One of the major ways of treating this condition is through surgeries. These surgeries can be performed either through keyhole surgery (laparoscopic adrenalectomy) or open surgery. During this surgery, the whole of the affected adrenal gland is removed by the surgeon. However, before surgery, some medications can be taken that help to block the actions of high adrenaline hormones to reduce the risk of high blood pressure during surgery. Such medications include alpha-blockers such as prazosin, phenoxybenzamine, etc., and beta-blockers, which reduce heart rate, like metoprolol, propranolol, etc. Also, the patient will be asked to increase their salt intake, which aids in balancing the effect of the medications on the blood vessels. Other treatment methods include:

  1. Radiotherapy– There are two types of radiation therapy. They are External radiation therapy- During this therapy, they use a machine outside the body to send radiation toward the cancer.
  2. Internal radiation therapy – During this therapy, they make use of a radioactive substance sealed in needles, seeds, wires or catheters, which the doctor places directly into or near the tumor.
  • Chemotherapy
  • Ablation- They include radiofrequency ablation and cryoablation.
  • Embolization therapy- During this treatment, they block the blood flow to the artery that supplies the adrenal gland, which helps kill the cancer cells that are growing there.
  • Targeted therapy

What are the complications associated with pheochromocytomas?

Since the hormone epinephrine and norepinephrine are major regulators of blood pressure in the body, untreated pheochromocytomas may lead to:

  • Damage to body organs
  • Heart attack, cardiomyopathy (damage to the muscles of the heart)
  • Stroke
  • Kidney failure
  • Pulmonary edema (fluid build-up in the lungs) 
  • Brain hemorrhage (bleeding in the brain)
  • Cancerous cells may travel to the lymph system, liver, sometimes lungs and bones


Are pheochromocytomas dangerous?

Since pheochromocytomas affect one of the essential hormones in the body, the catecholamines, they can be considered dangerous. Catecholamines – epinephrine and norepinephrine, control the regulation of blood flow in the body. They are considered high-risk tumors.

How often are pheochromocytomas cancerous?

Most pheochromocytomas are benign. Only About 10% of them have been recorded to be malignant, which could be due to mutations in the genes.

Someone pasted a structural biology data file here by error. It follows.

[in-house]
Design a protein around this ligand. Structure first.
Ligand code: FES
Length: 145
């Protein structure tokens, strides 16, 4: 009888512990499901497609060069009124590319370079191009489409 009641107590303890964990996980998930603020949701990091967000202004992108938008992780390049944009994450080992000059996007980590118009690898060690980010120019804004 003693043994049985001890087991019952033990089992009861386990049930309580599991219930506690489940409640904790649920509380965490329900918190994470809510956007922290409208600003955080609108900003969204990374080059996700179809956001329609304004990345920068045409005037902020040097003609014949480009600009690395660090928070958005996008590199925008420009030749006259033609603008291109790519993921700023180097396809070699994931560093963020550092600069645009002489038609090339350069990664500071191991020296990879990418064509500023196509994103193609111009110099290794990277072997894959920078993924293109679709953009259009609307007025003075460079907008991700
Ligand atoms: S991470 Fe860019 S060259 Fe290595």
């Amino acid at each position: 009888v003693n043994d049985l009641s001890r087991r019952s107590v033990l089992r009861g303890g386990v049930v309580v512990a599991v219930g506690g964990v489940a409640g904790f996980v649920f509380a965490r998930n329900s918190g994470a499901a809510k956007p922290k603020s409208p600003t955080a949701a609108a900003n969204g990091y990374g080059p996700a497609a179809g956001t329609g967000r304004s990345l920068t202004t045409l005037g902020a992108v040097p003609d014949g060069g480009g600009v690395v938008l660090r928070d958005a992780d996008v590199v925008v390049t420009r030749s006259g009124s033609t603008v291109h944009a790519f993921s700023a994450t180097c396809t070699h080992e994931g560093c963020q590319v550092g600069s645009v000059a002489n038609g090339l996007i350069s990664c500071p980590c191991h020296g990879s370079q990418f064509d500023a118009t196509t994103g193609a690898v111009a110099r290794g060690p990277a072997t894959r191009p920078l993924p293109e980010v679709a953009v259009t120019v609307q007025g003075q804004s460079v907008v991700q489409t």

What food trigger pheochromocytoma?

Foods that are rich in tyramine should be avoided as it tends to increase the rate of blood flow in the body. Such food rich in tyramine includes overripe food, fermented food, cheese, etc.

Is pheochromocytoma dangerous during pregnancy?

Definitely, pheochromocytoma during pregnancy is dangerous to both mother and child. It increases the blood pressure of the mother and can cause damage to the kidney, also affecting the baby’s oxygen and causing premature birth. Generally, it could complicate the pregnancy and delivery.

What is the best test for pheochromocytoma?

A blood plasma test is considered the best for diagnosing pheochromocytomas.

What is the prognosis of pheochromocytoma?

If treated early, patients diagnosed with pheochromocytoma have a good prognosis. In caseIn case the doctor removes both of the adrenal glands, then the patient will be asked to take medications to help replace the hormones that the body won’t be able to make anymore for the rest of their lives. The patient is advised to have regular follow-ups with the doctor to check the patient’s overall health condition. According to the studies, it is estimated that 95% of the patients diagnosed with a cancerous form of pheochromocytoma that hasn’t spread to other parts of the body live for at least 5 years, whereas tumor (cancer) which has spread to other parts of the body or came back after treatment, about 34 to 60% of people live at least 5years after the diagnosis [1]. 

What is the difference between pheochromocytoma and paragangliomas?

Pheochromocytoma and paraganglioma are considered to be both rare forms of tumors that come from the same type of cells called chromaffin cells. Pheochromocytoma is a tumor that forms in the center of the adrenal gland (adrenal medulla), whereas paragangliomas form outside the adrenal gland [2].